Now Playing: Movie Theater Dividends

by Lawrence Meyers | March 22, 2012 9:30 am

The entertainment industry has always attracted attention, and lots of capital. Movies can be extremely profitable endeavors, and if you can find the right people with the right experience, solid returns are available in independent film investment.

You’d also think that with all that overpriced popcorn and candy at movie concession stands that movie theaters would make for a great investment. That’s not the case anymore on a capital gains basis. However, movie theaters can be a good income investment.

Two sticking points about movie theater as investments have kept me away from them. First, they tend to carry a lot of debt, which is drawn down when the cinemas are built, and that debt tends to be comparatively expensive (7% or more in annual interest).

In the old days, when movies had little competition, that wasn’t such a big deal. Today, however, that’s the second sticking point: Movie theaters have tons of competition — from high-definition home theaters to Netflix (NASDAQ:NFLX[1]) to the video-on-demand offerings of satellite TV such as DirecTV (NYSE:DTV[2]) and DISH Network (NASDAQ:DISH[3]) and cable providers like Time Warner Cable (NYSE:TWC[4]). Then there’s the Internet, where you can watch what you want, where you want, when you want.

Even worse, box-office admissions have been falling dramatically over the past decade. That isn’t just due to competition — ample evidence suggests it’s also due to content that audiences have lost patience with. The fall in admissions has been partially offset by higher ticket prices for regular films, as well as fads[5] like IMAX (NASDAQ:IMAX[6]) and 3D.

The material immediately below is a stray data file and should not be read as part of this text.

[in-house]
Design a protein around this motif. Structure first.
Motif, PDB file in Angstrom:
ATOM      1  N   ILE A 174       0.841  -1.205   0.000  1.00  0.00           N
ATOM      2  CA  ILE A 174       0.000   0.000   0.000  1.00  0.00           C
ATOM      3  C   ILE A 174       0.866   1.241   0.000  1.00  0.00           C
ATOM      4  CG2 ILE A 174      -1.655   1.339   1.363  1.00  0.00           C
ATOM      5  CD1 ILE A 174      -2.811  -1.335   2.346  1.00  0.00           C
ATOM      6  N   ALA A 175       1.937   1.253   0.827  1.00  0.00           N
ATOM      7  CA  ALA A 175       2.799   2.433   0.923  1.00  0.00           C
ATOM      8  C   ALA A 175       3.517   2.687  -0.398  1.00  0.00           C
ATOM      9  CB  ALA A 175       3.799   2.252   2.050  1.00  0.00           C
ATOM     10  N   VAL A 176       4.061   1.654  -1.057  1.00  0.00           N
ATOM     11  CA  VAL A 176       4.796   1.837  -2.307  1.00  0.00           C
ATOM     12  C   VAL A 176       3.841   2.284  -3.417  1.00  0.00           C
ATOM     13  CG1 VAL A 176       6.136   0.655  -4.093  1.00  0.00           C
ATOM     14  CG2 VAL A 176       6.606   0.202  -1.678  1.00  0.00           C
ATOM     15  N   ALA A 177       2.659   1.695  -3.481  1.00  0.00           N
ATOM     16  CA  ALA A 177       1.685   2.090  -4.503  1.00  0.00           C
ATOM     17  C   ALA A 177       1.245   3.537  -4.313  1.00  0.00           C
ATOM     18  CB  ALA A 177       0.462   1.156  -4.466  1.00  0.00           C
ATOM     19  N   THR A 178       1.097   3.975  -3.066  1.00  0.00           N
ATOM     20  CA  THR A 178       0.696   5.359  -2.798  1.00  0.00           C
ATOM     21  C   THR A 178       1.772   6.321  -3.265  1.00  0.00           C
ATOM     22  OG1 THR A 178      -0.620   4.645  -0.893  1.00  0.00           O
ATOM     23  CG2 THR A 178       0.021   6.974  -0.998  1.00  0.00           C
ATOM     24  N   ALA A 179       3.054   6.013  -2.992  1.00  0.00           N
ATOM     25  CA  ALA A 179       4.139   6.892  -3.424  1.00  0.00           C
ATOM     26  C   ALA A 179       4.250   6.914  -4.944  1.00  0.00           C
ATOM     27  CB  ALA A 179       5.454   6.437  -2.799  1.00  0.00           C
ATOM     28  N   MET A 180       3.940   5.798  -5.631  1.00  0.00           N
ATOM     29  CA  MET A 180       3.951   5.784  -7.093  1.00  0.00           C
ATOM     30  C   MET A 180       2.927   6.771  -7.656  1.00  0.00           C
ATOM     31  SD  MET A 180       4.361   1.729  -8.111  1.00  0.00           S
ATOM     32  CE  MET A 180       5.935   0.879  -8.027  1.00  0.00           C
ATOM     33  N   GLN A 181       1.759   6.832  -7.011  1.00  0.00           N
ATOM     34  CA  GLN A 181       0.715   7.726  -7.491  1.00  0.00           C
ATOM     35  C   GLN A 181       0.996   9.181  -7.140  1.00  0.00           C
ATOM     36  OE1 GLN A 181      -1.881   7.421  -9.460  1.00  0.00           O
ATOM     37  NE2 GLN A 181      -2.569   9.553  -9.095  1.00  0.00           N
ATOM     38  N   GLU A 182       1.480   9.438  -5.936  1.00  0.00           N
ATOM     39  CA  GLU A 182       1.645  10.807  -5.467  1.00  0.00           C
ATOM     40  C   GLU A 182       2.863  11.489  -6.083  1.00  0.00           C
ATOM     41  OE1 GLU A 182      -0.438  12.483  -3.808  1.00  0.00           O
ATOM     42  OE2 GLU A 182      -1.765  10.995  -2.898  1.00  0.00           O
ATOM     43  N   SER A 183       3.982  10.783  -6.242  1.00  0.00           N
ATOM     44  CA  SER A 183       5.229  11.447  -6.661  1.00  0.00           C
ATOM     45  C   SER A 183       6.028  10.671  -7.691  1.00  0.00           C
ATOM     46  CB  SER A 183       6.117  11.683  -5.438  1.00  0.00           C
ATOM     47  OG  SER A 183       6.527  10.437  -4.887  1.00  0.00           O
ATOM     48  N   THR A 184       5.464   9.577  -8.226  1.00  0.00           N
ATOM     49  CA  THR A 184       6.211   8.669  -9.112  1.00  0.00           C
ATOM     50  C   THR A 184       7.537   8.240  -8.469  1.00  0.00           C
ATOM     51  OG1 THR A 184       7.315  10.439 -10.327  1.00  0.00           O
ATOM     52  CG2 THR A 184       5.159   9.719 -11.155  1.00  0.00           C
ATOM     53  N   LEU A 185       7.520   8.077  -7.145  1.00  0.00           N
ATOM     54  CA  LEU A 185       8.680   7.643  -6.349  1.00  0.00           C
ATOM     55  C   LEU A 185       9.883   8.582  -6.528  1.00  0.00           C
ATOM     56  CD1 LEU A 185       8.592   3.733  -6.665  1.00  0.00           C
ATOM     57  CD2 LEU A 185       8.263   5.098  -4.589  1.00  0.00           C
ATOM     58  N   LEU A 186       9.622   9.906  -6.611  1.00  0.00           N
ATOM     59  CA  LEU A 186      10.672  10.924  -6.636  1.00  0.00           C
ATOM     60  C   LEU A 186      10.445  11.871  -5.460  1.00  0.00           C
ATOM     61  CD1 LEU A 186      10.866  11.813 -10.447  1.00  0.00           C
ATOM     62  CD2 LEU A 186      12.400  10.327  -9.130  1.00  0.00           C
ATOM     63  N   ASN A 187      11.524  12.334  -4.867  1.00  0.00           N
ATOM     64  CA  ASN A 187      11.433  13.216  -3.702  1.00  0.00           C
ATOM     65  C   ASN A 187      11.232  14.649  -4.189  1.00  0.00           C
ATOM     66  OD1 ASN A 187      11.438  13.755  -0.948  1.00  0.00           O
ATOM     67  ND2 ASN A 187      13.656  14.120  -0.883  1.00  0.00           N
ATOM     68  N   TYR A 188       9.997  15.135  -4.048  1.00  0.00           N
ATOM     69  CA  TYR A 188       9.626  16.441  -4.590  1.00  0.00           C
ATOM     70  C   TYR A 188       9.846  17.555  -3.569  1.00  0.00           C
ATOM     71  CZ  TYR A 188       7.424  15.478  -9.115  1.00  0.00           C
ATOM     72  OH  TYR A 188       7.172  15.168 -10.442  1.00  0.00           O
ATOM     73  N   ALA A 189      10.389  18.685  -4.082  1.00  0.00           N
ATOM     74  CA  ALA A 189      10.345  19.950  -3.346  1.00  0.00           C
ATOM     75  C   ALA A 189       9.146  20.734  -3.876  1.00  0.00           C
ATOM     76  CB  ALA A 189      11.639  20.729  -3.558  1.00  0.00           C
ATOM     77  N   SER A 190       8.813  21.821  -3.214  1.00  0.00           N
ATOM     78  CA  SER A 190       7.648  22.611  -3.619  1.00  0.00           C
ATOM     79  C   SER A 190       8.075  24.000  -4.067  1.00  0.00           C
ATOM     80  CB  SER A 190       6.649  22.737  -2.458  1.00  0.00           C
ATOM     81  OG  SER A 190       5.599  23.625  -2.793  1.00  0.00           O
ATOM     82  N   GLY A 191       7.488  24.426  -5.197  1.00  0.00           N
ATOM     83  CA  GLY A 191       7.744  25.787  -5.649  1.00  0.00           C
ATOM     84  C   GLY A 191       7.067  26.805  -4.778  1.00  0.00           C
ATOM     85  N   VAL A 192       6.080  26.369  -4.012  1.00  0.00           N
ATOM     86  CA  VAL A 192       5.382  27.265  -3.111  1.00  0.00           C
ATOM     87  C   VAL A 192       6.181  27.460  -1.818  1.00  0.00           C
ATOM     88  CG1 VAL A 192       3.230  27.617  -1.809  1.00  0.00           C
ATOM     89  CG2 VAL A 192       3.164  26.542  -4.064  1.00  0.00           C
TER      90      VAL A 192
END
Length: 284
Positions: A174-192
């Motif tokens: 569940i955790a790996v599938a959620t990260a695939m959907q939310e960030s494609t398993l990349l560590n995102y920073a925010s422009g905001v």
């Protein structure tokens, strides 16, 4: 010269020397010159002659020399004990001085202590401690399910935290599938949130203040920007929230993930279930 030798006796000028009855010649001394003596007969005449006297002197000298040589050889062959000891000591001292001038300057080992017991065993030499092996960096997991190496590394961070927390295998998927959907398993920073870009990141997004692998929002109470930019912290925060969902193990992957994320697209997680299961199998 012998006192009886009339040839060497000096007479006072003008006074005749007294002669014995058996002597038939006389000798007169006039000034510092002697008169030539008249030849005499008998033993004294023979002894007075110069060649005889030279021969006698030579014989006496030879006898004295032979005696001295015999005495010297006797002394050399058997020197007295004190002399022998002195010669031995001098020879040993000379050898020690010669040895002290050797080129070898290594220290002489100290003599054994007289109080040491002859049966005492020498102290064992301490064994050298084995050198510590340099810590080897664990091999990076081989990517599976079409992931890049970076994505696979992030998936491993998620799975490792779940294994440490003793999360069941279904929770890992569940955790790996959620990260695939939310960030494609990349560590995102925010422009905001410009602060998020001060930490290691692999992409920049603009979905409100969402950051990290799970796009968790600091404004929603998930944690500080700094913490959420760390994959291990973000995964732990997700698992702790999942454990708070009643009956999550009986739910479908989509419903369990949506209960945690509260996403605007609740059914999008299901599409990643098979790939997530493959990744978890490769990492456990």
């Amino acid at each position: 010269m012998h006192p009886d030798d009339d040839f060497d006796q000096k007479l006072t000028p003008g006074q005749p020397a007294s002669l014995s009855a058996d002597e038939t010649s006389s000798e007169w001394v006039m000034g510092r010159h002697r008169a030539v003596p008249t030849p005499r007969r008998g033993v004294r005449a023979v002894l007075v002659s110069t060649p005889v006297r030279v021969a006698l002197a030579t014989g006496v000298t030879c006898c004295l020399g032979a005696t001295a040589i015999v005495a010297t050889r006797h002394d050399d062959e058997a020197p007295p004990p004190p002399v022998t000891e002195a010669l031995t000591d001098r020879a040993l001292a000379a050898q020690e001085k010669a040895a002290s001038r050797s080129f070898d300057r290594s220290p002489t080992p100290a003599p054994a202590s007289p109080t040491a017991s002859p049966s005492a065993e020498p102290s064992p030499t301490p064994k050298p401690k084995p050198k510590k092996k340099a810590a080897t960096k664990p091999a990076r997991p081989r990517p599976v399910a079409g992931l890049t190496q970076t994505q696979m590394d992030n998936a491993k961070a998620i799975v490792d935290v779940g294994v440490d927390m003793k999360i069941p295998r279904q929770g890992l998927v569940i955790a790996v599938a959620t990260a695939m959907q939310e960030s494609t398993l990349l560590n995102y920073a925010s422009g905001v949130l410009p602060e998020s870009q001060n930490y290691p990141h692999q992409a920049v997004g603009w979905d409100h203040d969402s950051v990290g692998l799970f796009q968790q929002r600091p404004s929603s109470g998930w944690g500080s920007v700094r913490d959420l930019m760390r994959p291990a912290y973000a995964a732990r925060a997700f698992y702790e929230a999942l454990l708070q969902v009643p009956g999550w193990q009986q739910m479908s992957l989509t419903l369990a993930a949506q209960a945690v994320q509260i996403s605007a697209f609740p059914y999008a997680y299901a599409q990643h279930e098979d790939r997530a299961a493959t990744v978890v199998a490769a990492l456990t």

This can’t go on forever, and these are all reasons why movie theater stocks haven’t performed well historically. What they do well, however, is generate cash flow.

Regal Entertainment Group (NYSE:RGC[7]) operates over 6,600 screens in the U.S. Its net income has declined in two consecutive years. However, its cash-flow generation is solid. In 2009, it had $300 million of free cash flow, which dropped to $160 million in 2010 but jumped back up to $266 million in 2011.

Regal’s dividend history is spotty[8], but it has paid something every year, and currently the yield is 6%. At the end of 2010, the company paid out a special $1.40 dividend on top of the 84 cent payouts during the year. I think Regal is a solid income addition to a portfolio.

Cinemark Holdings (NYSE:CNK[9]) is on slightly better financial footing than Regal, with only $1.7 billion in debt compared to Regal’s $2 billion, and $521 million in cash vs. $200 million for Regal. The company did see a 9% drop in net income from 2010 to 2011, but free cash flow has been increasing — from $52 million in 2009 to $108 million in 2010 to $207 million in 2011.

Cinemark’s dividend history is more consistent[10], currently yielding 3.8%. With its increasing cash flow, look for it to either pay down debt, add more screens or boost the dividend.

I would avoid Carmike Cinemas (NASDAQ:CMKE[11]). Although it has only have $300 million in debt, that debt is costing 11% annually in interest. Plus, the company has racked up losses three years running, and it doesn’t pay a dividend.

As of this writing, Lawrence Meyers[12] did not hold a position in any of the aforementioned securities[13]. He is president of PDL Capital, Inc.[14], which brokers secure high-yield investments to the general public and private equity. You can read his stock market commentary at[15]. He also has written two books[16].

  1. NFLX:
  2. DTV:
  3. DISH:
  4. TWC:
  5. fads:
  6. IMAX:
  7. RGC:
  8. Regal’s dividend history is spotty:
  9. CNK:
  10. dividend history is more consistent:
  11. CMKE:
  12. Lawrence Meyers:
  13. securities:
  14. PDL Capital, Inc.:
  16. written two books:

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